Aspartame, a commonly used artificial sweetener, is set to be declared as potentially cancerous next month.
The sources revealed that a leading global health body will list aspartame in July as “possibly carcinogenic to humans” for the first time by the World Health Organization‘s (WHO) cancer research arm, International Agency for Research on Cancer (IARC).
Aspartame is used in a number of products, including Coca-Cola diet soda, Müller Light yogurts, Mars’ Extra chewing gum and more.
The IARC ruling, finalised earlier this month, is intended to assess whether something is a potential hazard or not, based on all the published evidence.
The ruling, however, does not take into account how much of a product a person can safely consume. This advice for individuals comes from a separate WHO expert committee on food additives, known as JECFA (the Joint WHO and Food and Agriculture Organization’s Expert Committee on Food Additives), as well as determinations from national regulators.
JECFA is also reviewing the use of aspartame, and it is due to announce its findings on the same day that the IARC announces its decision to the public, on 14 July.
Since 1981, JECFA has said aspartame is safe to consume within accepted daily limits. An adult weighing 60 kg (132 pounds) would have to drink between 12 and 36 cans of diet soda – depending on the amount of aspartame in the beverage – every day to be at risk.
An IARC spokesperson told Reuters that both the IARC and JECFA committees’ findings were confidential until July, but that they were “complementary” with IARC’s conclusion representing “the first fundamental step to understand carcinogenicity”.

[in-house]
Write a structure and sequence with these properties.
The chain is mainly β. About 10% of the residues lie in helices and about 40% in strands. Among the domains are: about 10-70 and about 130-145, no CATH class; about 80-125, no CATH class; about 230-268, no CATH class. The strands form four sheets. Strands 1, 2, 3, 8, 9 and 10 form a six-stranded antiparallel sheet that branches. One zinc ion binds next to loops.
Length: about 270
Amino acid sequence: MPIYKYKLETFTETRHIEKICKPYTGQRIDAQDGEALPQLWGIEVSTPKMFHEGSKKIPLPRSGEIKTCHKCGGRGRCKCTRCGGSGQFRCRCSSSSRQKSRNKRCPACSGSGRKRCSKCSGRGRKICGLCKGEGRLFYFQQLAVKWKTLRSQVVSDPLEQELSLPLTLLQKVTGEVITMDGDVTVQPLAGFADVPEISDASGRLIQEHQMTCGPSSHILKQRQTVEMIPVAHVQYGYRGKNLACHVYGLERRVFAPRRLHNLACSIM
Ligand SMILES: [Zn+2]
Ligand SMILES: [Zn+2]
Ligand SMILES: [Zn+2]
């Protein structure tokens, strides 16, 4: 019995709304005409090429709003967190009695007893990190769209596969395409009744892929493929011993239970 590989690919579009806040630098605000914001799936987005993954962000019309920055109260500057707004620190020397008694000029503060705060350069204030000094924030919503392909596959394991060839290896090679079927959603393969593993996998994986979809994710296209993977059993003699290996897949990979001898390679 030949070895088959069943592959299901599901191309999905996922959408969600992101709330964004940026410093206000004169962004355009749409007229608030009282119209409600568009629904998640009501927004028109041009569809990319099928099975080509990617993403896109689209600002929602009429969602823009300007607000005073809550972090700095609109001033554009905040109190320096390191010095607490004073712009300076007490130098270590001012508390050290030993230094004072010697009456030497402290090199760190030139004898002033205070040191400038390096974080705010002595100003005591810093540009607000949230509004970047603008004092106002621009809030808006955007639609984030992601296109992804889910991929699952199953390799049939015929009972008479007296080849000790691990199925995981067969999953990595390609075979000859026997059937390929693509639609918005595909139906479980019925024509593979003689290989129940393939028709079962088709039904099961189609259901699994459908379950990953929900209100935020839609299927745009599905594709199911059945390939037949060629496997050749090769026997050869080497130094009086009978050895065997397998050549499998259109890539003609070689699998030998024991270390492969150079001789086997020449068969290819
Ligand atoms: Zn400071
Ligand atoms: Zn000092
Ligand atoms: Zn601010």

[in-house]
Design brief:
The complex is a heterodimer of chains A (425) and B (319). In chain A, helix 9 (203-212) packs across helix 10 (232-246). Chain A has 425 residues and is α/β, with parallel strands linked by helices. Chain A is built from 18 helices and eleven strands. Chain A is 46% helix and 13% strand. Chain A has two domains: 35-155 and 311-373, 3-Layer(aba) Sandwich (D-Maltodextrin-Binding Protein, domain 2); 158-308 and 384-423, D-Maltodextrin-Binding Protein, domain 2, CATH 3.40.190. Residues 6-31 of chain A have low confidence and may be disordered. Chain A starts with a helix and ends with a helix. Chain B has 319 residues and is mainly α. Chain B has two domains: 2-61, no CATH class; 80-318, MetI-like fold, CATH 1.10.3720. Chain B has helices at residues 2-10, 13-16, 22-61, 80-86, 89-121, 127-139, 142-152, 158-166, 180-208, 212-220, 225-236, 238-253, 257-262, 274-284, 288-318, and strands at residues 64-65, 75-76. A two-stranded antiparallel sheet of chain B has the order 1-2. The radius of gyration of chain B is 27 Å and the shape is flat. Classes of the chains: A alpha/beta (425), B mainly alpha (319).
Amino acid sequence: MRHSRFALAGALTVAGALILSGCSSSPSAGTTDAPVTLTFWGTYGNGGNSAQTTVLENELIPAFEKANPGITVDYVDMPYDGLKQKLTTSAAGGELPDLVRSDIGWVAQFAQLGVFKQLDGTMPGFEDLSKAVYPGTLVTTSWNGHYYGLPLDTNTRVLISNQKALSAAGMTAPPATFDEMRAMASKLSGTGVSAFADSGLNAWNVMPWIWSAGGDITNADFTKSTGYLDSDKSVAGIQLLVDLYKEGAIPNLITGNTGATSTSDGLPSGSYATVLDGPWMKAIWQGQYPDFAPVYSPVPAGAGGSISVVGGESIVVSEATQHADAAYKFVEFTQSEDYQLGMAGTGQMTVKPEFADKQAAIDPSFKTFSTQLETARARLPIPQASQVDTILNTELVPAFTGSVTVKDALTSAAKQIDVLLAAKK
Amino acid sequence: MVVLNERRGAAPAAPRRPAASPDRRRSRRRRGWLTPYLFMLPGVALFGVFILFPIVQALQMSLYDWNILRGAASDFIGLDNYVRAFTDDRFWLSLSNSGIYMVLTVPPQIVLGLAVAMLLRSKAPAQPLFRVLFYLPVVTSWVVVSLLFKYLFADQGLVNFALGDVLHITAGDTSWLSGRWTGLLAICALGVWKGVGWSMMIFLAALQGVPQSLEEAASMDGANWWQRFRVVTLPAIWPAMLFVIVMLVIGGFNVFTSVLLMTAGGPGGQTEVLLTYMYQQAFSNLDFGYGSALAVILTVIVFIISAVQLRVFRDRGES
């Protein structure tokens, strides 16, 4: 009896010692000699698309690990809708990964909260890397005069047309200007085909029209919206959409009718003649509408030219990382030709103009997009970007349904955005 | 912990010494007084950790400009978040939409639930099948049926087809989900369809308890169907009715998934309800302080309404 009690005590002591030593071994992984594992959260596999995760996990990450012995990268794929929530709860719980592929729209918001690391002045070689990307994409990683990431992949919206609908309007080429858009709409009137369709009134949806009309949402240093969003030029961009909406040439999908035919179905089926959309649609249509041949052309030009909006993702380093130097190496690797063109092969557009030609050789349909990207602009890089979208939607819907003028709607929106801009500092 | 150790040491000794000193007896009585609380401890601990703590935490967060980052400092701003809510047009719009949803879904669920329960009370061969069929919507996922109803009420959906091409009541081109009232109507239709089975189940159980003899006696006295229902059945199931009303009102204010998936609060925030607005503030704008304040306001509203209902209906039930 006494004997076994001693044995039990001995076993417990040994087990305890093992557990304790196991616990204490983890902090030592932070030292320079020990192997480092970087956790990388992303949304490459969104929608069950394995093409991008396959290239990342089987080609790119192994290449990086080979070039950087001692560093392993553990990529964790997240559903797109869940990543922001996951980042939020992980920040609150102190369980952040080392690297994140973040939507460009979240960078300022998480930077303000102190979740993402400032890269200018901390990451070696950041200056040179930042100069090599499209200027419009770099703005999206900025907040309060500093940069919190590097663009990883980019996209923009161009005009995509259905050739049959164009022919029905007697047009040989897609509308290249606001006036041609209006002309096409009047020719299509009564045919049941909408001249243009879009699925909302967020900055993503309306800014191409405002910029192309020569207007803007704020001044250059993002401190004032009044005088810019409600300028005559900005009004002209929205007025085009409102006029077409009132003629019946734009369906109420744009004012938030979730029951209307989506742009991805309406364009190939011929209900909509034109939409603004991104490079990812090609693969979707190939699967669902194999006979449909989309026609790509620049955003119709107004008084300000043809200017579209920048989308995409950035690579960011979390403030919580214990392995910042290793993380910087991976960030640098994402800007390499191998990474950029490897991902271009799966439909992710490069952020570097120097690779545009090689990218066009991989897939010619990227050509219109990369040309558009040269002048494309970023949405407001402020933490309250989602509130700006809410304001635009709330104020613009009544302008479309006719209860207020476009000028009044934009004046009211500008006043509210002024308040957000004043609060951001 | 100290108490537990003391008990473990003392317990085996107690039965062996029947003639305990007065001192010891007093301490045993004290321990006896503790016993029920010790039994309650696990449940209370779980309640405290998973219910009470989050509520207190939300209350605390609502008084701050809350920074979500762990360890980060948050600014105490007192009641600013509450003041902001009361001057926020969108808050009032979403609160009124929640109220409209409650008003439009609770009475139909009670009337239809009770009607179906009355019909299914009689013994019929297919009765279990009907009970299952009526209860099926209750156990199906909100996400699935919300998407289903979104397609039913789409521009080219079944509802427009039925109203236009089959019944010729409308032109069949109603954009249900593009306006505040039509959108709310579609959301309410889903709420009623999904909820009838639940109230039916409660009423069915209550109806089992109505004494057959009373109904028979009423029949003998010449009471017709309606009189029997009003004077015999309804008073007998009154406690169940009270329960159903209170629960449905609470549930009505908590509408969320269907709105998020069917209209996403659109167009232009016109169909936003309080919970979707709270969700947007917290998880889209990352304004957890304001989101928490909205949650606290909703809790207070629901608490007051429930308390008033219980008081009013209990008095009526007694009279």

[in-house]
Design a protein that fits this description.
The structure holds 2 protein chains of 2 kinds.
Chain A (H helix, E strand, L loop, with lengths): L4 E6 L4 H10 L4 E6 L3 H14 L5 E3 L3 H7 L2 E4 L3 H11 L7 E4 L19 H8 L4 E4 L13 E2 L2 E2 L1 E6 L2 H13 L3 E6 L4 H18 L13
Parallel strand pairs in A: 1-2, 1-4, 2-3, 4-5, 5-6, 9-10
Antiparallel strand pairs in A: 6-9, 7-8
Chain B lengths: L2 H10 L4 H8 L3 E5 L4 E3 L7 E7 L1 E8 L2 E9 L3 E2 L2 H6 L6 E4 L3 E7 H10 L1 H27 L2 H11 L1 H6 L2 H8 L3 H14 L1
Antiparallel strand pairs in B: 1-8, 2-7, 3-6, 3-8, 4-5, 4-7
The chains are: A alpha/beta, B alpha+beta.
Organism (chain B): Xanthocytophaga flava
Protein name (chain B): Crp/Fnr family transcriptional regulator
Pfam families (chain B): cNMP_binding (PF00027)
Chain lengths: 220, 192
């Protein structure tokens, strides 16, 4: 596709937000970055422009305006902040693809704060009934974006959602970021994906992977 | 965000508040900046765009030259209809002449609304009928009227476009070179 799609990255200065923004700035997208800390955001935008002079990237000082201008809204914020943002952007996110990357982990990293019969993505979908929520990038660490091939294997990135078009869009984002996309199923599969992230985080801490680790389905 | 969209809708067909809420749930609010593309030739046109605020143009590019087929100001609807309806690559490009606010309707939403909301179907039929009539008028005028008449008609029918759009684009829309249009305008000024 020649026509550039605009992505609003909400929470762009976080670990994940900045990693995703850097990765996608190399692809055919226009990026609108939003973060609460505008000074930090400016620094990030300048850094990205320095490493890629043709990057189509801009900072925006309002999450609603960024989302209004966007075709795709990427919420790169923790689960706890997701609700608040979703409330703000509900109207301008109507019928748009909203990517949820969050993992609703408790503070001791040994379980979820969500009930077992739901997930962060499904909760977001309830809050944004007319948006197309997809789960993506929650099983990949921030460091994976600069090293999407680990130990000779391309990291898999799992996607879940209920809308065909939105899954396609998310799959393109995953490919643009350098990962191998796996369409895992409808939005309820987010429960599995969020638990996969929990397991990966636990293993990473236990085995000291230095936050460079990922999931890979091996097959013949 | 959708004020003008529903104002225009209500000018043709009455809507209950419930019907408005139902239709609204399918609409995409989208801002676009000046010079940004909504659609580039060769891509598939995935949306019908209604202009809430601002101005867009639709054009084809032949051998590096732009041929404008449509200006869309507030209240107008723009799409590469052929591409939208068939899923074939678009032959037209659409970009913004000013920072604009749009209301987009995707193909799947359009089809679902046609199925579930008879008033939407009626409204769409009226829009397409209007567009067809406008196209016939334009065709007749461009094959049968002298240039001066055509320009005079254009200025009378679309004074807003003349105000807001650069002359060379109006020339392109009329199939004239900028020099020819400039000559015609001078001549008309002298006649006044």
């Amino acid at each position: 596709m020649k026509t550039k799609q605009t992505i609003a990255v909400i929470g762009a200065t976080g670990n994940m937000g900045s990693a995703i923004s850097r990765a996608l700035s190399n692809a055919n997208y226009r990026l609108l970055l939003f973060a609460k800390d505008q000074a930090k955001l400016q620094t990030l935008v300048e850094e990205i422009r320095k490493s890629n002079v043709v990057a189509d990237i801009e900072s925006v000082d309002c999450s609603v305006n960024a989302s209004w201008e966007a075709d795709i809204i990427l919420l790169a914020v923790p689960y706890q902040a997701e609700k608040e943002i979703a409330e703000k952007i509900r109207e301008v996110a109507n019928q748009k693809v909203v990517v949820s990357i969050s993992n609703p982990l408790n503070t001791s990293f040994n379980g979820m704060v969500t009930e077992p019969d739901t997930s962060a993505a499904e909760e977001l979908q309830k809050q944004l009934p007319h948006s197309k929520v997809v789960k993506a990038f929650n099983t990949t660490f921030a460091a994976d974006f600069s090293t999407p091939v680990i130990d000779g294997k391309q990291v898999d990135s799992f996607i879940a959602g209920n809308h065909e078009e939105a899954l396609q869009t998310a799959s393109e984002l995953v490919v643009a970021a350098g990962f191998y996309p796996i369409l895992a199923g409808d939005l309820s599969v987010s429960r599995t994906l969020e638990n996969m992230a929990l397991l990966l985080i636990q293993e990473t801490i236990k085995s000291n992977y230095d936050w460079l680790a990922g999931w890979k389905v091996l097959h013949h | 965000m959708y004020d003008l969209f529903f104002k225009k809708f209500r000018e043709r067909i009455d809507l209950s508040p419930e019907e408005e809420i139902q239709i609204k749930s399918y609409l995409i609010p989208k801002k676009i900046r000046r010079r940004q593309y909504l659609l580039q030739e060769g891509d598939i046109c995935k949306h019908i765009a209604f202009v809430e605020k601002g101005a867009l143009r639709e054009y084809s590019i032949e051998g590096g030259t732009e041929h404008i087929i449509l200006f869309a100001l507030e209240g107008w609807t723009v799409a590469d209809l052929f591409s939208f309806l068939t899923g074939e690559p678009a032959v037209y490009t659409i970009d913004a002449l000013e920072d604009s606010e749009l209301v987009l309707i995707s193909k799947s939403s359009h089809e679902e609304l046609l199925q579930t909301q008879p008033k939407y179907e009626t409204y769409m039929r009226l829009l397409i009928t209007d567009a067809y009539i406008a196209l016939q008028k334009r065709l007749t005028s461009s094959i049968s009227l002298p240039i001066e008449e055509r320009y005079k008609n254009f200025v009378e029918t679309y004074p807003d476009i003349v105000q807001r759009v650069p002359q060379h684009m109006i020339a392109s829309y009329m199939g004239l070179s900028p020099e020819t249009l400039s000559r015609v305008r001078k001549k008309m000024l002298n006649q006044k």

Secretary general of the International Sweeteners Association, Frances Hunt-Wood, told FoodBev: “IARC is not a food safety body. The World Health Organization’s JECFA is currently conducting a comprehensive food safety review of aspartame, and no conclusions can be drawn until both reports are published.”
“Aspartame is one of the most thoroughly researched ingredients in history, with over 90 food safety agencies across the globe declaring it is safe, including the European Food Safety Authority, which conducted the most comprehensive safety evaluation of aspartame to date.”
An observational study in France among 100,000 adults from last year showed that artificial sweeteners (especially aspartame and acesulfame-K) were associated with increased cancer risk.
Listing aspartame as a possible carcinogen is intended to motivate more research, said the sources close to the IARC.
The news comes a month after WHO published guidelines advising consumers not to use non-sugar sweeteners for weight control.
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